The overarching question imparting urgency to this exploration is: Can U.S.-Russian contention in cyberspace cause the two nuclear superpowers to stumble into war? In considering this question we were constantly reminded of recent comments by a prominent U.S. arms control expert: At least as dangerous as the risk of an actual cyberattack, he observed, is cyber operations’ “blurring of the line between peace and war.” Or, as Nye wrote, “in the cyber realm, the difference between a weapon and a non-weapon may come down to a single line of code, or simply the intent of a computer program’s user.”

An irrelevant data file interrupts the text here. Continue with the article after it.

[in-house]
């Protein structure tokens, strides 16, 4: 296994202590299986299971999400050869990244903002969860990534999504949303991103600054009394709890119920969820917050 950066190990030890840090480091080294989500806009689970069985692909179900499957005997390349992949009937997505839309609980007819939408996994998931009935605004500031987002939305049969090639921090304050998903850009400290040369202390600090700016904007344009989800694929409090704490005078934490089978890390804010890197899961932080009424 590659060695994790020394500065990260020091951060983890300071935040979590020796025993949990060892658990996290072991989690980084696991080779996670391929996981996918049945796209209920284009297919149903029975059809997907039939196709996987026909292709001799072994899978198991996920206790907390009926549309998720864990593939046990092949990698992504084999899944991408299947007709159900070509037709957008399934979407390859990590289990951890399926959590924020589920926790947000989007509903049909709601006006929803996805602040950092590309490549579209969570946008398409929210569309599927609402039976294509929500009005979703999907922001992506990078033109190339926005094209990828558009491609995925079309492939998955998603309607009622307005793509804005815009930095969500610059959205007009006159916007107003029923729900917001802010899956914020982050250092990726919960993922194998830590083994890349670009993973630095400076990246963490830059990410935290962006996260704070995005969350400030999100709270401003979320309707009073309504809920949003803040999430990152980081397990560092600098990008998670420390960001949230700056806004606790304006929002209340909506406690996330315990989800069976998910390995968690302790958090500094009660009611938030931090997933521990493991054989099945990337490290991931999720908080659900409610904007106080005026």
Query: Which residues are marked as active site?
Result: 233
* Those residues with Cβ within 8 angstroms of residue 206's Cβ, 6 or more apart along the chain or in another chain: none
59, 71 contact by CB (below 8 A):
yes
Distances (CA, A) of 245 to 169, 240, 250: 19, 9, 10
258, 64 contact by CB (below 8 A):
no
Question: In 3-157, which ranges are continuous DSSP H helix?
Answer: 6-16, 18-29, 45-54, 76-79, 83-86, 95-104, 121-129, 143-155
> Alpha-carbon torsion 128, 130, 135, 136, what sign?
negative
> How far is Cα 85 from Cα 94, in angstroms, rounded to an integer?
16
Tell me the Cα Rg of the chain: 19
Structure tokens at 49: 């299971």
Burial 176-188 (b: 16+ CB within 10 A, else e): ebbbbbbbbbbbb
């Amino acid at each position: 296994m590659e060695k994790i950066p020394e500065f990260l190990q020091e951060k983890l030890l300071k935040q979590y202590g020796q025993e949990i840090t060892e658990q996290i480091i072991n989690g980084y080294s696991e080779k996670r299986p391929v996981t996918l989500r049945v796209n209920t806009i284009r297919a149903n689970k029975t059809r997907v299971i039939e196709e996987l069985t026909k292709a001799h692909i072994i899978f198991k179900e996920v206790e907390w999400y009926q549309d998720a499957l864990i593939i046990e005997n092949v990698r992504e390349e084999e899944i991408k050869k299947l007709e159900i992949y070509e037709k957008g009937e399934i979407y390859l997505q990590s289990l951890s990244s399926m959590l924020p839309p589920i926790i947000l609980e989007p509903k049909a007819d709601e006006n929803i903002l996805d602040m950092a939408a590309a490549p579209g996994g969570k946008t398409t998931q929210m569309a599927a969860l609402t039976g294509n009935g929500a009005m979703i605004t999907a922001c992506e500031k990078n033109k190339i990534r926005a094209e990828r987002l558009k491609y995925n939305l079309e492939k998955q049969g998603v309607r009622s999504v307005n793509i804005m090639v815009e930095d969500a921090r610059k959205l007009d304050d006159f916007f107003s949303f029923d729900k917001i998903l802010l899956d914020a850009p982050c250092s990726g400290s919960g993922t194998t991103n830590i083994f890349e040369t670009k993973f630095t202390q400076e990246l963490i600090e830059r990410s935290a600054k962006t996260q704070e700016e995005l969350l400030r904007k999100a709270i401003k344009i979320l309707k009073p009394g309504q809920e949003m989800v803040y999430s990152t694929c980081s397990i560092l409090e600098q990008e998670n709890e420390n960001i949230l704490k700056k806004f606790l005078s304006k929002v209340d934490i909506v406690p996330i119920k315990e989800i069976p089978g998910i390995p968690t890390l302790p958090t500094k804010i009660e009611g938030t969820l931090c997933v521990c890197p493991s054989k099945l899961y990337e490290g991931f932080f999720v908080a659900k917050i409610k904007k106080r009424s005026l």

Jeffrey T. Richelson is a Senior Fellow with the National Security Archive in Washingon, D.C. He is the author of Spying on the Bomb: American Nuclear Intelligence from Nazi Germany to Iran and North Korea, The Wizards of Langley, and numerous articles on on intelligence activities. He received his Ph.D. in political science from the University of Rochester.
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